November 1. President Bush signed an executive order giving an incumbent president veto power over the release of documents from past administrations. According to The Week, "Historians and journalists will be forced to demonstrate a 'specific need' for documents to be released to the public." In practice this means that the American presidency now has the power to operate under a cloak of complete secrecy.
An aside: Senate hearings during the first week of November revealed that a month after the first anthrax case the FBI had yet to locate all the American labs that legally handle anthrax, much less any illicit anthrax producers. Could Bush's constitutional extremism be a cover for incompetence? Or is it simply to avoid admitting that, after the most intensive search in our history, he simply hasn't found any terrorists in America? He clearly lacks hard evidence. Which might explain:
November 13. President Bush signed an executive order sanctioning secret military tribunals, answerable only to the president himself, in which defendants cannot select their own lawyers, have no right of appeal, and may not even be allowed to see the evidence against them. (Emperor Trajan would be shocked.)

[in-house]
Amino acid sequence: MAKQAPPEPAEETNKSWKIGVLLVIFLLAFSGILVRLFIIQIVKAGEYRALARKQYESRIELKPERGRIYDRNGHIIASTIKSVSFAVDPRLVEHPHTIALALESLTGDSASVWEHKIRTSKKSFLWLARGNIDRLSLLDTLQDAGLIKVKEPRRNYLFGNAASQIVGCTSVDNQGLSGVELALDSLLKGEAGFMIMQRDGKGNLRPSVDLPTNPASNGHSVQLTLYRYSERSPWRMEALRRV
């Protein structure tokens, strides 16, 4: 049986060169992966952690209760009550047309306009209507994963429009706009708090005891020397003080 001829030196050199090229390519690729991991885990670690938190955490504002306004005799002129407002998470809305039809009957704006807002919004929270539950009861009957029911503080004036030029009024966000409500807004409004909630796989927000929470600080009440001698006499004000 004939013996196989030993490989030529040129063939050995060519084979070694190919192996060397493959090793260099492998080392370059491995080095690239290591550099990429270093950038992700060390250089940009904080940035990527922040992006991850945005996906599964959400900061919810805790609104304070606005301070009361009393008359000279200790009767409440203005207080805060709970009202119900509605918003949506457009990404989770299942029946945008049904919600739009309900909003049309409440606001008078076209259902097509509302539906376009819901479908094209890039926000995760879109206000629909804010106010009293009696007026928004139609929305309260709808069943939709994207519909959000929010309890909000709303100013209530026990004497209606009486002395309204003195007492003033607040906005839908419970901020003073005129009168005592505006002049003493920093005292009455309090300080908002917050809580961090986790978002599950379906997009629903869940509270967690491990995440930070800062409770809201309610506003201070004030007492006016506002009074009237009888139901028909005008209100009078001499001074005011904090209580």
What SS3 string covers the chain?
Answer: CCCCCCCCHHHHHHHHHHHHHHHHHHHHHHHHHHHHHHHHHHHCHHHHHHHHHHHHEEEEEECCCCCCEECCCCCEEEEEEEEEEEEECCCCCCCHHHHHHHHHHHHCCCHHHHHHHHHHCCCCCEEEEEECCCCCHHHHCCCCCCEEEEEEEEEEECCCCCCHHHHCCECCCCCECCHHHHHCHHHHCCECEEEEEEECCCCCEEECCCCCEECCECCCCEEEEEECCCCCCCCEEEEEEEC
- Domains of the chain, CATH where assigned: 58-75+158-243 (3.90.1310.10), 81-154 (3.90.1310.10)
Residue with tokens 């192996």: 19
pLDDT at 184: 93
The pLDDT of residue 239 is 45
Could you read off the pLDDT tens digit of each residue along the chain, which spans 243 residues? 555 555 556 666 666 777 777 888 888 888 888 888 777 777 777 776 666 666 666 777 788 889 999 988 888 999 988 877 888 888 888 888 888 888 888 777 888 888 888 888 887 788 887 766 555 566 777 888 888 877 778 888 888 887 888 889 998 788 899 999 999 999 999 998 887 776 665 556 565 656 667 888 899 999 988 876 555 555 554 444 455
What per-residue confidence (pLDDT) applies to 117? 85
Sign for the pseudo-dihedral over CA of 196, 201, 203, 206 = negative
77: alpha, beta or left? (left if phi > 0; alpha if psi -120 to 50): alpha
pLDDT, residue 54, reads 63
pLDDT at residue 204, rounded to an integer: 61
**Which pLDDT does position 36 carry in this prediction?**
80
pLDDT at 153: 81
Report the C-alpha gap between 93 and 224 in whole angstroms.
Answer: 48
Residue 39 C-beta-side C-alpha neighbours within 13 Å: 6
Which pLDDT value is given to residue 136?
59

Also November 13. Ashcroft orders police departments across the country to pick up and question 5,000 men from Middle Eastern countries. According to Ashcroft's guidelines, these people will be asked "for a list of phone numbers of friends and relatives." Police chiefs in Portland, Eugene, and Corvalis, Oregon, Seattle, Ann Arbor, Detroit, Tucson, Baltimore, and Richardson (a Dallas suburb), among others -- either have refused the order outright or watered it down considerably. Again in this crisis, some American police are behaving heroically.
November 15. Attorney General Ashcroft said his arrests are meant to prevent other attacks. Which means: People on American soil are being held indefinitely, without specific charges and with no evidence, for what might happen. Well, we want to be protected, don't we? But (jumping a little ahead here) on December 1, The New York Times reported that "some at the FBI have been openly skeptical about claims that some of the 1,200 people arrested were Al Qaeda members ... 'It's just not the case,' an official said. 'We have 10 or 12 people we think are Al Qaeda people, and that's it. And for some of them, it's based only on conjecture and suspicion.'"
Which again begs the question: Are these extremist measures a cover to avoid the political cost of admitting that the most intensive investigation in American history has turned up next to nothing?
November 14. Vice-President Cheney emerged from his secure location long enough to assure the media that terrorist suspects would receive fair trials from military tribunals. He didn't sound convincing to our allies, however: